Did some development work for Total Concord Cleaning, but I'm under an NDA so can't say much past that. Tech Used: React Native, Firebase (hosting, firestore, auth), Hexnode MDM, Sketch
The website at unity18.ccorl.com was built for Calvary Chapel Orlando's annual True Youth Conference, taking place in August. The website allows you to quickly see all of the important details, learn more about the three speakers, register for the conference, and contact the organizers. I built this using the Hugo static website generated with a heavily modified blog-based theme, and then set up registration through the Firebase back-end for the CC Orlando App using Stripe for processing payments. I've archived this for now because the website is complete and live, but I suspect I will be working on it again next summer before the conference. Hugo, Firebase (hosting)
The Linux Watchful Adaptive Security Compliance is a scoring engine for Debian-based Linux images, designed to help cyber security students improve their skills by scoring points for fixing vulnerabilities. LWASP has a simple graphical interface that allows instructors to quickly set up vulnerable images. The active scoring report is reminiscent of that used by the CyberPatriot program, and is especially helpful for students training for the CyberPatriot competitions. I've done my best to make the code modular, so that open-source contributors can easily extend the framework for their own needs. This has been archived in favor of the scoring system that we build for VMDefender, which is an overal better solution to the same problem. Tech Used: Python, ReactJS, BASH, GTK, pytest
This was created while I was an officer of the National Honor Society in High School. Wanting a way to track members, contact information, shirt sizes, meeting attendance, and community service hours, all while allowing for all officers to be able to administer the club, I created this Groups Manager. It accomplished all I was hoping for, allowing for administration through the mobile app by multiple officers simultaneously. Unfortunately, I only made it on iOS, and ran out of time to create the Android equivalent or a web site, and thus this project had to be put on hold. However, you can still check out the website and watch the video at encompassx.com/groupsmanager. It is worth noting that I won my district's Congressional App Challenge that year for my submission. Tech Used: Couchbase (self-hosted), ReactJS, dovecot/postfix, PHP, NGINX, PaintCode, BASH, iptables, Android Studio, Java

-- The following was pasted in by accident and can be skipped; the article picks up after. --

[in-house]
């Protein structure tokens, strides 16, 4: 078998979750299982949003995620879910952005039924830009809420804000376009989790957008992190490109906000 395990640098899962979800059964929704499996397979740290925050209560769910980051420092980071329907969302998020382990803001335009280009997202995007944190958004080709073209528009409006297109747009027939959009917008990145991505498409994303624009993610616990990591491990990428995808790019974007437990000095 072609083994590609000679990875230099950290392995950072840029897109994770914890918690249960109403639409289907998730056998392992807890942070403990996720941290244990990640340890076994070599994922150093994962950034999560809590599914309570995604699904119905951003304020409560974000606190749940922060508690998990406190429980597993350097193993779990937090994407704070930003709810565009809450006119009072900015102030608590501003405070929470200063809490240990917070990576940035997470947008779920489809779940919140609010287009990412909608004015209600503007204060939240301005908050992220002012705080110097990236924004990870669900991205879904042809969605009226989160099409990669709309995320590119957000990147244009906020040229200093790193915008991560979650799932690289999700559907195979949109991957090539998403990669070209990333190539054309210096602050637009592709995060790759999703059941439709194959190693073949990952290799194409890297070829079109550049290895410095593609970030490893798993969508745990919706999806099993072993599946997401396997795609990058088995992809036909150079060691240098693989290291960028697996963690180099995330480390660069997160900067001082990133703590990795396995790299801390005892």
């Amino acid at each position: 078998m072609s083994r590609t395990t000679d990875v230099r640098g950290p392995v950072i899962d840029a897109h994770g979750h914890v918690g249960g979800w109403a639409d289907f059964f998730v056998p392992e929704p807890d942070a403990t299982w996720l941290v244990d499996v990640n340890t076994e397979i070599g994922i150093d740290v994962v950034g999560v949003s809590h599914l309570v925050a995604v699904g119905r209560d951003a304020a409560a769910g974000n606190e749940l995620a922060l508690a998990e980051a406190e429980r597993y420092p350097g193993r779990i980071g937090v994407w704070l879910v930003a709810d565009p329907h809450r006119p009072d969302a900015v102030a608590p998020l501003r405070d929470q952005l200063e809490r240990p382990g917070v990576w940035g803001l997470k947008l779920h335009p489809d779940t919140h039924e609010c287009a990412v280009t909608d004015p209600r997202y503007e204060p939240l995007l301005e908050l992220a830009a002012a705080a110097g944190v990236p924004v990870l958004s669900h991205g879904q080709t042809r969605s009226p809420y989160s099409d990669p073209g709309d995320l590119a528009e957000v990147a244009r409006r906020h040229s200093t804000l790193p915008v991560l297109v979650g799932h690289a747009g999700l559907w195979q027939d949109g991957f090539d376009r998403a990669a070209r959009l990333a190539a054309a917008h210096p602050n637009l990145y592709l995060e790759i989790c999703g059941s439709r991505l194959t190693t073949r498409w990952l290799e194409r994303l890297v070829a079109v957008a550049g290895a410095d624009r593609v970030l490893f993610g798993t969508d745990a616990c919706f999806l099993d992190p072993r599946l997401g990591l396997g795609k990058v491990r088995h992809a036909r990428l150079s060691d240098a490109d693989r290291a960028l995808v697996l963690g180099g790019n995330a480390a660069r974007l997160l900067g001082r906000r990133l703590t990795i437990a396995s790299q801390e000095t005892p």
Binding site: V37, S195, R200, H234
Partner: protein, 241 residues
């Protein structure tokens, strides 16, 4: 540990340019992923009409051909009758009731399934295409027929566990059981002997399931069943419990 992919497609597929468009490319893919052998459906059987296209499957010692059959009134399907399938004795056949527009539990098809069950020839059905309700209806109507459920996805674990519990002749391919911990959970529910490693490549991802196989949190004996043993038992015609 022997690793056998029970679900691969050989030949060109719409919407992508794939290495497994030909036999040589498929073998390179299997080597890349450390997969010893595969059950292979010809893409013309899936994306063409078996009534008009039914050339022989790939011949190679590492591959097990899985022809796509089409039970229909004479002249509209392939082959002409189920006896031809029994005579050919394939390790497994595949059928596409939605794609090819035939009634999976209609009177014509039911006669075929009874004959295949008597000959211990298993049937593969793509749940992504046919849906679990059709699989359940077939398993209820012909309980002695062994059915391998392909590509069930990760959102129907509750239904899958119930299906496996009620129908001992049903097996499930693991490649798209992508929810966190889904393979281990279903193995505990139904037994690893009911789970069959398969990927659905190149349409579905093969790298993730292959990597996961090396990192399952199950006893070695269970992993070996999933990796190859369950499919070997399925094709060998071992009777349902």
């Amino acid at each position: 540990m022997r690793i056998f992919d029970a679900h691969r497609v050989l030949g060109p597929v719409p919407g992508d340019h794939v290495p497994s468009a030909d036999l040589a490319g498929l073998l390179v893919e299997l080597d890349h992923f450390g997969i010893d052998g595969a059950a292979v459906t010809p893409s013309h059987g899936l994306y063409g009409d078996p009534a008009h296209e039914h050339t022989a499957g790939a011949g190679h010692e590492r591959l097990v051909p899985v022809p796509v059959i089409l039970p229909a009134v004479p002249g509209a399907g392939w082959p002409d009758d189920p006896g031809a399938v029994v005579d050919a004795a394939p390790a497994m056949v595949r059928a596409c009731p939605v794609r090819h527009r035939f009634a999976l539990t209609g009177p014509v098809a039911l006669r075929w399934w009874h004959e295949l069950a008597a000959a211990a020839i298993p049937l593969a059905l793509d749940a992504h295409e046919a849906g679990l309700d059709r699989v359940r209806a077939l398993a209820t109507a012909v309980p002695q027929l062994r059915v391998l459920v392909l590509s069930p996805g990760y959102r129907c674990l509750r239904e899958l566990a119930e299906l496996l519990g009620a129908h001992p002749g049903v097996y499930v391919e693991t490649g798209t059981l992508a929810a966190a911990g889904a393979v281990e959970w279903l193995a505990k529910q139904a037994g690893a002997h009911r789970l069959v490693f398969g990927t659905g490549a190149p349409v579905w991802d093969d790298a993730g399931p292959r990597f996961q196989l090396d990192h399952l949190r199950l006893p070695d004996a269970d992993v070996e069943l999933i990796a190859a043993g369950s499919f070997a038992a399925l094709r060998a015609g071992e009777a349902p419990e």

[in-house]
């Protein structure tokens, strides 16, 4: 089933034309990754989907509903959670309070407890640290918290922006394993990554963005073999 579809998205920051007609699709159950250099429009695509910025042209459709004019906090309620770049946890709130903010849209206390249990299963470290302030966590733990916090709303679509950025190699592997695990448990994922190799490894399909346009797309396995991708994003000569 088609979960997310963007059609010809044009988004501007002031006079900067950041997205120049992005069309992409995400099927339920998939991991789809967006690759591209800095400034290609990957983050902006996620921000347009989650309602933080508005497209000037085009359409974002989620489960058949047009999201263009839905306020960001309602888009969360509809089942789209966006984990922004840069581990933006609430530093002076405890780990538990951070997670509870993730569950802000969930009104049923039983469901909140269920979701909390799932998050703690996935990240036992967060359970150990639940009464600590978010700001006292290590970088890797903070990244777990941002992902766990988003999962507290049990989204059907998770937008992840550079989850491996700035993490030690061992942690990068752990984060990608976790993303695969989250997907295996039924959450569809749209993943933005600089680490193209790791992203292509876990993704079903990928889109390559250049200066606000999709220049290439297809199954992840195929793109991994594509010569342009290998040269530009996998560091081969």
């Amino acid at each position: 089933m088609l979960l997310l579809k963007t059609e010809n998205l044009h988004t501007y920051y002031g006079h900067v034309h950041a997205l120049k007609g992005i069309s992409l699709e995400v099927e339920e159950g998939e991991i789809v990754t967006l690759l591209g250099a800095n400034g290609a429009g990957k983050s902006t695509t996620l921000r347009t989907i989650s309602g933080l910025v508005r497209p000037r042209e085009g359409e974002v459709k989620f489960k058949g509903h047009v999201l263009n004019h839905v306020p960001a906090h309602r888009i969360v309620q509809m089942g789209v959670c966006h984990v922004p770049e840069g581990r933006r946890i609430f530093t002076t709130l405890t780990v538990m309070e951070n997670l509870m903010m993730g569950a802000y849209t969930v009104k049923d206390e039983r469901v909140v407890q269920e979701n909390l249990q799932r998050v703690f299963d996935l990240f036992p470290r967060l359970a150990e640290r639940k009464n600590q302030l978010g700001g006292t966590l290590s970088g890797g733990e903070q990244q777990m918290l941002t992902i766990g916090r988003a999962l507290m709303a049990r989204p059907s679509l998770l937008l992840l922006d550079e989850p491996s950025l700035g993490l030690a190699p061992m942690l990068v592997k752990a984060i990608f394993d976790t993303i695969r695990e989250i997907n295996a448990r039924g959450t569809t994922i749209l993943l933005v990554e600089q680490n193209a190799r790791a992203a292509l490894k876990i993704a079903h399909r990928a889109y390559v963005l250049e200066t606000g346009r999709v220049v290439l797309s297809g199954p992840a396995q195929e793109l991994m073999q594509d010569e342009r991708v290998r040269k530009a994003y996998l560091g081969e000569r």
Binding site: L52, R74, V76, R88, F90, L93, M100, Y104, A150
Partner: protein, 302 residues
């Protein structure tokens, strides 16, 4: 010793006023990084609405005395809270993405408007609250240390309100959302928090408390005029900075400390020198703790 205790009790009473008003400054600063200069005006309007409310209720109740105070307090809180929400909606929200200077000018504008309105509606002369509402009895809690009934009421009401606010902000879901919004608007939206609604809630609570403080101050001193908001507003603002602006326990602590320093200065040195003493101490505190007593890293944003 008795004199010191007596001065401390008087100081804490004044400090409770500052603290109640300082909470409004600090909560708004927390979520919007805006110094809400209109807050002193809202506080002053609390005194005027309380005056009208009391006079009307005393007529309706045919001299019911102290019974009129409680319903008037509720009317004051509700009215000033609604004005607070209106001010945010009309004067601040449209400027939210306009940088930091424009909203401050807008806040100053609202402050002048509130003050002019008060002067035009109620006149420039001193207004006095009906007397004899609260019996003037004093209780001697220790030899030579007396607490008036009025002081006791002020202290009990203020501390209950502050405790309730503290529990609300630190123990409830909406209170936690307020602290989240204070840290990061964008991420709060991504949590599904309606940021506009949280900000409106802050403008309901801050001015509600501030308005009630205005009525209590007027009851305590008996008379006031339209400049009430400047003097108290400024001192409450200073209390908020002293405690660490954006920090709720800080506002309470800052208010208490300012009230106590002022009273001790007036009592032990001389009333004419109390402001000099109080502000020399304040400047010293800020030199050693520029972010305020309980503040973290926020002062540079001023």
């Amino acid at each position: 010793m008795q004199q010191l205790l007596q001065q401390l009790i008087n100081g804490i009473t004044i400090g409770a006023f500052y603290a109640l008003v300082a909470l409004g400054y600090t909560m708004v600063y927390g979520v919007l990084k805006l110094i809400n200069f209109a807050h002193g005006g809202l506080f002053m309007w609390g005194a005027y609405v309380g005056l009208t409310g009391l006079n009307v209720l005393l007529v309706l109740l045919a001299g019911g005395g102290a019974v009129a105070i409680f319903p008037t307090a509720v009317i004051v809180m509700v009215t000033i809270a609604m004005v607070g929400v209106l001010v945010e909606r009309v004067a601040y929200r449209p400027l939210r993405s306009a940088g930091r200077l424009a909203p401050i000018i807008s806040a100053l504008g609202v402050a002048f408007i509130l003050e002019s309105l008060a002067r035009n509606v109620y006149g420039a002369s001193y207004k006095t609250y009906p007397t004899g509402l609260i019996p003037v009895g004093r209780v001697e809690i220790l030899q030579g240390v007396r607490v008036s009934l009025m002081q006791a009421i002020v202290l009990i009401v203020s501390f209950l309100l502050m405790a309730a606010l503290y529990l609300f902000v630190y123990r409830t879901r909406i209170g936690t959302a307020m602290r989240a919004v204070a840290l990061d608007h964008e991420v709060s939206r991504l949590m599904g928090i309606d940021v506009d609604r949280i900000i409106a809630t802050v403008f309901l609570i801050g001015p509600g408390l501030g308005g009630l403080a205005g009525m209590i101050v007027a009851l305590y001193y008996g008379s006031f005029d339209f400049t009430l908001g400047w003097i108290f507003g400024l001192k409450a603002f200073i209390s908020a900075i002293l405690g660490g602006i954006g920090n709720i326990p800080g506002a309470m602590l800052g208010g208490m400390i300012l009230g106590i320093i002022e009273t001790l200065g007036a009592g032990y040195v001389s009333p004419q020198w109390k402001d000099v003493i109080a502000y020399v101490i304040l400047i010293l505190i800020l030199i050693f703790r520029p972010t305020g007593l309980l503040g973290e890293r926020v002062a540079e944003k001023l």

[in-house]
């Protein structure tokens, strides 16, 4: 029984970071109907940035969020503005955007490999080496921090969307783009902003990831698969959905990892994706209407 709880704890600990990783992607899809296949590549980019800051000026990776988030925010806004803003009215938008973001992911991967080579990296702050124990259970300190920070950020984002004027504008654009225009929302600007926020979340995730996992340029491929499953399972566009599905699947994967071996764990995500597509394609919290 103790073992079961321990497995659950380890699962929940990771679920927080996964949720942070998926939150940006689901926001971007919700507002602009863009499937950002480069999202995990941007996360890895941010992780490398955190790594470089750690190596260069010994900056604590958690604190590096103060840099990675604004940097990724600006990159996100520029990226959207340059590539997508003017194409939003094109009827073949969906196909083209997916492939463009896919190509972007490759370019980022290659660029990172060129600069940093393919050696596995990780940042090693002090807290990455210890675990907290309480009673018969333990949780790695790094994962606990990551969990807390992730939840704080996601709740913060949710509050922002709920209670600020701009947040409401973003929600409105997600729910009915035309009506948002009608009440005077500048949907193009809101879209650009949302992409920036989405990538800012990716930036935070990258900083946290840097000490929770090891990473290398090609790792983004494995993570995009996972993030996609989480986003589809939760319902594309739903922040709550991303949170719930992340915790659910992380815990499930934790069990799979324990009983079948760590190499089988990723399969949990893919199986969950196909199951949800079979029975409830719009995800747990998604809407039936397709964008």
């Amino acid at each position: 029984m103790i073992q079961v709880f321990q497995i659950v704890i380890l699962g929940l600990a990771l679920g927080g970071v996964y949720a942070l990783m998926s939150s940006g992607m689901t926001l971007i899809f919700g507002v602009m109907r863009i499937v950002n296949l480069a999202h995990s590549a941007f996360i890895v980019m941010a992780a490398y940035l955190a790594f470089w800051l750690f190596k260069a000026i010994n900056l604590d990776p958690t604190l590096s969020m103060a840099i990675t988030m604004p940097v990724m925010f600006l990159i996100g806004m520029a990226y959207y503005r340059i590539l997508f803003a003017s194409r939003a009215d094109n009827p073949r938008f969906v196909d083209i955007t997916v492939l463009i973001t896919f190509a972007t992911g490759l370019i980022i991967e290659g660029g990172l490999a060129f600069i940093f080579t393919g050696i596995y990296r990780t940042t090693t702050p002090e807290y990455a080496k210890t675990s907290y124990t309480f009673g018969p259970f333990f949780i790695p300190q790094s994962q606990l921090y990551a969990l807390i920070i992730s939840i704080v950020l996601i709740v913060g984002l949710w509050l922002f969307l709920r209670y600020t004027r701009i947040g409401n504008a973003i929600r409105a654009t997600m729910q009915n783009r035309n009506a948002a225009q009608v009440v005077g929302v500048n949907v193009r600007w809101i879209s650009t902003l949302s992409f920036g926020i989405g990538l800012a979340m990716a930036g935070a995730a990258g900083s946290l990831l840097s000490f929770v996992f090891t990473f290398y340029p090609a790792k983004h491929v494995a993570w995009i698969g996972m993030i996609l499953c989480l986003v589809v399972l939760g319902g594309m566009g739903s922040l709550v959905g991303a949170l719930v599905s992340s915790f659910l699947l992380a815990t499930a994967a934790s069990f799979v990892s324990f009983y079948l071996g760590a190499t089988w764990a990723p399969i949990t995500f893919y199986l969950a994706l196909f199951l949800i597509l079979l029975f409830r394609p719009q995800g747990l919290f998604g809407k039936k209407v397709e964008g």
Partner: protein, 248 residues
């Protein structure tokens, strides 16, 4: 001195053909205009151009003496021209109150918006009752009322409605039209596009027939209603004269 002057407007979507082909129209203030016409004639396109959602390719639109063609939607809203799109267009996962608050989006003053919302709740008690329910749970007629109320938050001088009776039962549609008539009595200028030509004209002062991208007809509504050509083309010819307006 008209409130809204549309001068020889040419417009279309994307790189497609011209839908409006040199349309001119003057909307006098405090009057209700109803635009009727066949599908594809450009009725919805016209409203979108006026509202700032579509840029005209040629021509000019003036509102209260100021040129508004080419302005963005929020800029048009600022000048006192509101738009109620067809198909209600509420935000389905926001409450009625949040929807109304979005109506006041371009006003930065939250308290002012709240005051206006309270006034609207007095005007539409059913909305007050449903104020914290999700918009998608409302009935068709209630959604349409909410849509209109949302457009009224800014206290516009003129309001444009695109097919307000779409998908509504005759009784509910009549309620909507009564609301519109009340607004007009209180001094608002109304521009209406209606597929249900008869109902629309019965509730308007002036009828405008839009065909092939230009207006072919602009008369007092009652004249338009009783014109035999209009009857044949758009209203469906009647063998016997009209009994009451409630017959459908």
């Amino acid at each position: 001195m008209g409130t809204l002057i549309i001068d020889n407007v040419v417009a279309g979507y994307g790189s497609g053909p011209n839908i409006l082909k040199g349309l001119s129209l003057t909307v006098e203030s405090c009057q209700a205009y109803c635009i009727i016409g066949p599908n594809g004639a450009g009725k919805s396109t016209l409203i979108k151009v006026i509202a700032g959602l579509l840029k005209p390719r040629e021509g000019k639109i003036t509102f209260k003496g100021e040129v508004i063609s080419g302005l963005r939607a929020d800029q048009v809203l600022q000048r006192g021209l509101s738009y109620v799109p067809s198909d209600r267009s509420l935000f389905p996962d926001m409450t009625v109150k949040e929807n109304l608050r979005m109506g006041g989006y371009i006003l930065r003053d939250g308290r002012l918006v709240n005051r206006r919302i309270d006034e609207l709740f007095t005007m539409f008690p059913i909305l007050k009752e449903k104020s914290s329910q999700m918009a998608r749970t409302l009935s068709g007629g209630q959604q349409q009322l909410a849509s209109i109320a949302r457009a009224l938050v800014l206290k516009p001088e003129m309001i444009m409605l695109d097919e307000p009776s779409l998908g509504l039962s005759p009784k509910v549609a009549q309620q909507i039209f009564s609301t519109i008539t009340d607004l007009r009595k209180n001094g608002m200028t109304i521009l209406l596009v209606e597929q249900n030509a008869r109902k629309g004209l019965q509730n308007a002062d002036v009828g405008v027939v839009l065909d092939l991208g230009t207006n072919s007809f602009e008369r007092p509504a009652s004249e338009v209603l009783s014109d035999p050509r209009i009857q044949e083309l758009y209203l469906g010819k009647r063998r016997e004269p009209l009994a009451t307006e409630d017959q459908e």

My passion for the Zendrum drove me to create this configurable, multi-touch drum machine for iOS devices. It worked well, allowing for near-instantaneous sound playback with intensity-based triggers and various modes, but the lack of interest and amount of work still needed to produce a finished product forced me to move on to other projects. However, this project taught me iOS development with Swift, advanced touch handling, and precise resource allocation, in addition to improving my skills in user interface and graphic design. Tech Used: XCode, Swift, PaintCode, Crashlytics
The Web Information Modular Management Portal (WIMMP) is a web server based on RethinkDB and Horizon, that allows for easy personalization of a template interface for sharing files, links, and information with viewers. It was designed for short-term use during trainings and conferences, and is easy to deploy. It is now live on NPM, though it did not work the last time I tested it. I plan to resurrect and re-engineer it a bit if I have time, because I still think it could be valuable as a tool for quickly setting up portal sites for tech conferences. However, if I don't have time, I may just archive it, because I suspect there are better options available these days that are more stable and up-to-date. Tech Used: Horizon, ReactJS, Webpack, Sketch